Style: Smokin’ Seams

The original smoking jackets of yesteryear were never intended for formal occasions. As their name implies, they were meant simply to protect a man’s formal shirt, tie, and waistcoat from collecting any odor while he smoked, usually behind closed doors with other gentlemen. In the 1930s, smoking jackets and dinner jackets became surrogates for evening wear after Edward VIII, the Duke of Windsor, wore a navy dinner jacket to a formal affair and instantly took the starch out of the traditional white tie and tails.

Fashion newcomer Lapo Elkann, grandson of another style arbiter—the late Gianni Agnelli, one of the founders of Fiat—seeks to return these neglected staples to their former place of honor in the well-rounded wardrobe. To accomplish this, Elkann has designed his Old World–inspired smoking jacket with a decidedly modern twist: It is made from DuPont’s high-tech Cordura, a nylon fabric developed in the 1970s, rather than from traditional silk or cotton velvet. The nylon gives the shawl-collared formal blazer a sporty look that could easily be worn with denim. Yet the tailor-made jacket remains “elegant enough for an evening at La Scala,” insists Elkann, whose Italia Independent collection of fashion and accessories debuted last year.

While Elkann’s take on the smoking jacket is rather unorthodox, the entrepreneur has plenty of company in his attempt to resuscitate a fashion fixture of the Edwardian era. “We think it’s time for traditional, chic elegance again, but not in the usual way,” explains Anna Zegna, whose family-owned Ermenegildo Zegna label produces classic notched-lapel jackets in nonclassic colors. Zegna also offers other jackets such as a notched-collar smoking jacket in silk-and-cotton velvet with mother-of-pearl buttons.


Suitmakers Brioni and Stefano Ricci, among others, are reviving the smoking jacket and the more universally wearable dinner jacket as stylish alternatives to more formal “after-five” dressing. Other unconventional formal-wear options this season include Yves Saint Laurent’s polka-dot silk dinner jackets, Canali’s floral-print smoking jackets in silk-cotton velvet, and Belvest’s formal blazers cut from cotton-corduroy velvet. With a nod to retro styling, both Ralph Lauren and Tom Ford presented elegant silk dressing gowns, along with more decorous velvet smoking jackets trimmed with classic braided frog closures, as stay-at-home formal-wear options.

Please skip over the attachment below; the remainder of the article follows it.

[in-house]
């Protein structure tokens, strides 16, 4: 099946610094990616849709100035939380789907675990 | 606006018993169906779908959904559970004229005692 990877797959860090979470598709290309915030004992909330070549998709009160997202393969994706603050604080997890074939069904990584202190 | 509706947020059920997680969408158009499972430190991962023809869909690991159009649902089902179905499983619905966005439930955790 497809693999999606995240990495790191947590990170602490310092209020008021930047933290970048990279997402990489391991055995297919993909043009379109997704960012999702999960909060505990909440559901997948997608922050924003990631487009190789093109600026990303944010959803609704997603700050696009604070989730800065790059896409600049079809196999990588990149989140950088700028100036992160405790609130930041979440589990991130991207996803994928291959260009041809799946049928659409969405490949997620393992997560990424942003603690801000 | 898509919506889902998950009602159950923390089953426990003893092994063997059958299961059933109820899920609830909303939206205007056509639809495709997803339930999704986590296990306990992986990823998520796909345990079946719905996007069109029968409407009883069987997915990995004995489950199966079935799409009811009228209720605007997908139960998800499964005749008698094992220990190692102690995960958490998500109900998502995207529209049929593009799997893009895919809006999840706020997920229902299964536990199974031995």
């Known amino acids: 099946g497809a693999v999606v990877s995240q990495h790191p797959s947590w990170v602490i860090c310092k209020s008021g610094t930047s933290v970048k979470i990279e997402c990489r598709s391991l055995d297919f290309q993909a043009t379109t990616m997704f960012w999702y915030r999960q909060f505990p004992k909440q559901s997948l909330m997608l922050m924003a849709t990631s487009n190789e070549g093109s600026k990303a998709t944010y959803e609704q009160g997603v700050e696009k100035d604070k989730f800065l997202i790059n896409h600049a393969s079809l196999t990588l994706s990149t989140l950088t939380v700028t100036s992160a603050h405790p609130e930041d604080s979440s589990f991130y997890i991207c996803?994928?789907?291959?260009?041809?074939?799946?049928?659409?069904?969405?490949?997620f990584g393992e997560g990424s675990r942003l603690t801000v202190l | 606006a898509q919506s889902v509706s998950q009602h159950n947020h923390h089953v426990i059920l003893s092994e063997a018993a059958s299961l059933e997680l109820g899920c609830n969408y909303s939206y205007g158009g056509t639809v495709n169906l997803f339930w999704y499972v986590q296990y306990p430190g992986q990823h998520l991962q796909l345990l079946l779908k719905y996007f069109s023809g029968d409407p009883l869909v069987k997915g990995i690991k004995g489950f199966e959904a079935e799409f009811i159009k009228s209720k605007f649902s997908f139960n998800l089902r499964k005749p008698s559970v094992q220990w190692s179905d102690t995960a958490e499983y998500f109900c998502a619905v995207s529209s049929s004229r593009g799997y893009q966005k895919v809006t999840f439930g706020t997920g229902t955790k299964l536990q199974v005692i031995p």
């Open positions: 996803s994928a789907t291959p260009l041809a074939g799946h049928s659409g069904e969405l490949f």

While it is doubtful that Elkann’s nylon smoking jacket would have met with the same approval at a formal function as the Duke of Windsor’s dinner jacket did, Elkann and the trend-setting duke would surely have agreed on one point: Tweaking tradition never goes out of style.

PHOTO 1: Ermenegildo Zegna Couture maroon velvet jacket, $2,995, white tuxedo shirt, $595, black silk tie, $195, white silk pocket square, $120, and black tuxedo pants, $1,000 (888.880.3462, www.zegna.com); Graycliff cigar.

PHOTO 2: Tom Ford velvet jacquard cocktail jacket, $3,450, cotton evening shirt, $1,450, lavender patterned silk pocket square, $130, and wool-and-mohair trousers, $1,330 (212.359.0300, www.tomford.com); Arturo Fuente cigar.

PHOTO 3: Stefano Ricci hand-embroidered silk dinner jacket, $4,000, and silk pocket square, $100 (212.371.3901, www.stefanoricci.com); Belvest white French-cuff cotton dress shirt, $425 (www.belvest.com), available at Bergdorf Goodman (212.872.8651); Salvatore Ferragamo black silk tie, $160 (800.628.8916, www.ferragamo.com)

PHOTO 4: Brioni black moiré jacket with peak lapel and velvet trim, $5,950, and silk pocket square, $80 (212.486.0500, www.brioni.com); Belvest white French-cuff cotton dress shirt, $425 (www.belvest.com), available at Bergdorf Goodman (212.872.8651).

PHOTO 5: Yves Saint Laurent blue-and-white-striped cotton poplin shirt, and two-button jacket in kid mohair and super-wool canvas, prices upon request (212.980.2970, www.ysl.com).

PHOTO 6: Salvatore Ferragamo velvet tuxedo jacket and dress shirt, prices upon request (800.628.8916, www.ferragamo.com).

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